In contrast to that, any sufficiently non-trivial piece of software is copyright protected without any need for further action by the author(s). Nowadays most electronic devices have some kind of firmware as an essential part of their design, thus the much broader copyright laws apply here, reducing the need to protect the hardware design. But if that can be circumvented by letting the user install the firmware (and therefore breaking the law), distribution of a clone may still be legal. I am not familiar with this clone, so I do not know if that's the case here. They might also have violated other laws (trademarks, copyright for e.g. some graphical logos on the board).

That said, I have no idea about Polish copyright law, and also IANAL ofc.
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Old 17 September 2020, 13:14   #5
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It's probably not that clear; AFAIK at least here in Germany an electronic circuit layout is not protected by copyright law. There are possibilities to protect a design (patents, utility patents), but they need to be filed for, cost money, and are more narrow.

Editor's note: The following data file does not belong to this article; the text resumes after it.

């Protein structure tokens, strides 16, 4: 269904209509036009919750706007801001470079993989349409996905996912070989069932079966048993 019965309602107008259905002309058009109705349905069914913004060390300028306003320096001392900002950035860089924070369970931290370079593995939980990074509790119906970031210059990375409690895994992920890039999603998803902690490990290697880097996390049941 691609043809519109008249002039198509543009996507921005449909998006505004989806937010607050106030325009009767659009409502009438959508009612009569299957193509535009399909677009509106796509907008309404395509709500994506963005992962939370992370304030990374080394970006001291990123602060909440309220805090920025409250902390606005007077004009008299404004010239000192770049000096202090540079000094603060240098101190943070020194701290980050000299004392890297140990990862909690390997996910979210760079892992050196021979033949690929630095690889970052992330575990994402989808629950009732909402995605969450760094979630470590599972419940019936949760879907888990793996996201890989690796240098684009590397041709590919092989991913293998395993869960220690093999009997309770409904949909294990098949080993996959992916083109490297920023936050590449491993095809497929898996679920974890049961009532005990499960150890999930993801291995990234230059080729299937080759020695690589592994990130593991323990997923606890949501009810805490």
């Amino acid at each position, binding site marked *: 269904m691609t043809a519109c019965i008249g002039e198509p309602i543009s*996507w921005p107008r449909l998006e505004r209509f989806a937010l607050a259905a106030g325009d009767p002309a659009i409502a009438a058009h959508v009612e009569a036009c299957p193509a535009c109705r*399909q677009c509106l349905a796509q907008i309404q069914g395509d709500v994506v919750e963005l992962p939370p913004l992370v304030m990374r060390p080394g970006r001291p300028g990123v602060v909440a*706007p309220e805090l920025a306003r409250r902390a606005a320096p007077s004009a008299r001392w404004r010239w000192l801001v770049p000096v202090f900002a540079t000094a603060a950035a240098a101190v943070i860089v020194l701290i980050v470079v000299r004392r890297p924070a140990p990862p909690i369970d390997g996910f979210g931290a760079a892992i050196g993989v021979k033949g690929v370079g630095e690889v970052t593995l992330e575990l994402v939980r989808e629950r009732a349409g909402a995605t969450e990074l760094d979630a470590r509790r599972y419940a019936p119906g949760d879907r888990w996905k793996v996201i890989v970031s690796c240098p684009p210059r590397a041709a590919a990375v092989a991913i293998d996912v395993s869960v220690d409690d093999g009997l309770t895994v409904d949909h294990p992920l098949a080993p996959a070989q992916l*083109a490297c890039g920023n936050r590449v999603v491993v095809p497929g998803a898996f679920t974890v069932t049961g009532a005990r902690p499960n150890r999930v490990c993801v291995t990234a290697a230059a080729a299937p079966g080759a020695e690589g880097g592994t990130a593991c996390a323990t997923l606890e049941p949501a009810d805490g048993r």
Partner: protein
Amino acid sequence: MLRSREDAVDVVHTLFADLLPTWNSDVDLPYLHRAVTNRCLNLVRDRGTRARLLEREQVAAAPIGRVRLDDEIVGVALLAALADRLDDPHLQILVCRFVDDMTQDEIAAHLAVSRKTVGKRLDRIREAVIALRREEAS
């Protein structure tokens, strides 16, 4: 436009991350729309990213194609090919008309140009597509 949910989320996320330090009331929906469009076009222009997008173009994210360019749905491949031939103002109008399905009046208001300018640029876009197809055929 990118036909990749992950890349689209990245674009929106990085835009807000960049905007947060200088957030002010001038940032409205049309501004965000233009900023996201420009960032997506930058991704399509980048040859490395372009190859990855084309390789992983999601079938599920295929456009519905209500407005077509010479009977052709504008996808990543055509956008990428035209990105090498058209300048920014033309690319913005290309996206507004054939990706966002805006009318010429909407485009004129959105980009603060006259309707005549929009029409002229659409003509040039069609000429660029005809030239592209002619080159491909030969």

Patents are very different from copyright, which is what we're talking about here. Ideas are patented, designs are copyrighted. And while a circuit in itself might not be protected, I find it very hard to believe that there's a legal loophole that allows 1:1 cloning of entire circuit boards. It's certainly not legal to copy a design in that way in the UK or Ireland, even without registering the design with the IPO, and I was pretty sure that was a harmonised directive across the EU ("Unregistered Design Rights" here, probably a different name in Germany).

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So yes, if you do a 1:1 copy, it may be legal if the owner of the original design did not protect it. Usually very bad style nonetheless, and probably totally wrong from a moral standpoint in this case.